A team of Japanese researchers recently discovered that Ozobranchus jantseanus is capable of surviving extremely cold temperatures. And while the so-called super leech's resistance to the cold is remarkable in its own right, scientists are interested in learning how the organism is capable of such a feat since it could hold the key to cryopreservation, the process of preserving cells and tissues at sub-zero temperatures.
"Ozobranchid leeches have a mysterious mechanism to prevent freezing. I want to get to the heart of the matter," researcher Takahiro Kikawada said, according to The Asahi Shimbun.
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Scientists first witnessed the parasite's extraordinary ability when they stumbled upon a frozen turtle with the still-living leech attached.
As part of the research, published in peer-reviewed journal PLOS One this week, the team investigated the ozobranchid's apparent resistance to the cold by keeping specimens in below-freezing environments for various periods of time. Six other leeches were also involved in the experiments.
Tested at minus 90 degrees Celsius (minus 130 degrees Fahrenheit) and in liquid nitrogen at minus 196 degrees C (minus 320 degrees F), the ozobranchid was the only type of leech that survived both temperatures for 24 hours. Though the other species all survived a day in a freezer set to minus 130 degrees F, they perished in the liquid nitrogen.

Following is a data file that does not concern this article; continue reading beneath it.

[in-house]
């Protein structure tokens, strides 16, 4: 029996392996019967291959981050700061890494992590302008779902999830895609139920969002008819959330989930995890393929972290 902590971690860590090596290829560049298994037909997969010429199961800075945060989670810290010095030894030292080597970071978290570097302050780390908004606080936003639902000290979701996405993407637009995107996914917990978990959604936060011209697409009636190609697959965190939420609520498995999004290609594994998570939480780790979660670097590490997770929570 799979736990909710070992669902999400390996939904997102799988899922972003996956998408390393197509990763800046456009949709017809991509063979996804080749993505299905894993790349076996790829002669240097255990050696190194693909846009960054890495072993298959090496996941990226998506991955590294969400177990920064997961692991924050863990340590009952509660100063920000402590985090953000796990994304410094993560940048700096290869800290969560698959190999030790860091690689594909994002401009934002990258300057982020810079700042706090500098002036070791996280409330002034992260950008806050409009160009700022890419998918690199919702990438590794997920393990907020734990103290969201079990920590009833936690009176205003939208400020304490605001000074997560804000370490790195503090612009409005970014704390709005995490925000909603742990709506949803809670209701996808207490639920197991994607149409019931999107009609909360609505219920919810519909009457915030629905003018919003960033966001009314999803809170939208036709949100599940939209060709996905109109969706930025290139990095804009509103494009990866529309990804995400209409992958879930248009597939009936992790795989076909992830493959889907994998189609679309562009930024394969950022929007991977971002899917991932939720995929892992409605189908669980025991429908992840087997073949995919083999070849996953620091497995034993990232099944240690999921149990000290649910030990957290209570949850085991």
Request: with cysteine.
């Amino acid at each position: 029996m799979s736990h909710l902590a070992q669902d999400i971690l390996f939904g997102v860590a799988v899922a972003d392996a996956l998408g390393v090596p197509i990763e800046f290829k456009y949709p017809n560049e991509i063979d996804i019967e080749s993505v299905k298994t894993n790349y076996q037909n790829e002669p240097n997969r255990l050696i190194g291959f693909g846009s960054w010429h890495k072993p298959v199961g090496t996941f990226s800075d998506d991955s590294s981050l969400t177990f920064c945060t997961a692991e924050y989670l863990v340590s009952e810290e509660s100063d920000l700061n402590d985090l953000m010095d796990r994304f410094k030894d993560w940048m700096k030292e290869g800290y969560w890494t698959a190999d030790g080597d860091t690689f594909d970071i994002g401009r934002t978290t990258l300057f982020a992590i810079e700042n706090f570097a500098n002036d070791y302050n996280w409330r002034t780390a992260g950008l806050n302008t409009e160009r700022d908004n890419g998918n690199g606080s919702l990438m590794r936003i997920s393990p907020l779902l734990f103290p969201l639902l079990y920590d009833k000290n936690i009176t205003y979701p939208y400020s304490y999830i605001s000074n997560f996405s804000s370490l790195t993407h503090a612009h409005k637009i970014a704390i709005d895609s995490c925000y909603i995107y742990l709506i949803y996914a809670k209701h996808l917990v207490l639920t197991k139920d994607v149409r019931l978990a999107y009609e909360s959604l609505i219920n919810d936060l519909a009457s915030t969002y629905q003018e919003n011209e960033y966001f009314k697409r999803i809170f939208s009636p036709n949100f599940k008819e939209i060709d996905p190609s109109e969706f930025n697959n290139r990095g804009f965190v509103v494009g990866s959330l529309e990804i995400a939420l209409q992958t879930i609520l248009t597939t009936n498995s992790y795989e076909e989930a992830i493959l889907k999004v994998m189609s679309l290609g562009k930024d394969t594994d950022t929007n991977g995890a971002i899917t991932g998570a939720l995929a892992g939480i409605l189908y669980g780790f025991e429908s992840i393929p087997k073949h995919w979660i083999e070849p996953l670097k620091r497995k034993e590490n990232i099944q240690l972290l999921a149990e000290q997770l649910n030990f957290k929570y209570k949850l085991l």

Determining that the ozobranchid's ability to withstand extreme cold is unique, the team then set out to test just how long the super leech could survive in below-freezing temperatures.
In the study, the researchers wrote:
[T]he leech survived exposure to super-low temperatures by storage in liquid nitrogen (−196°C) for 24 hours, as well as long-term storage at temperatures as low as −90°C for up to 32 months. The leech was also capable of enduring repeated freeze-thaw cycles in the temperature range 20°C to −100°C and then back to 20°C.
Since the ozobranchid was able to survive not only the extreme cold, but also rapid changes in temperature, the team is hopeful that further study of the super leech will be beneficial for cryopreservation research.
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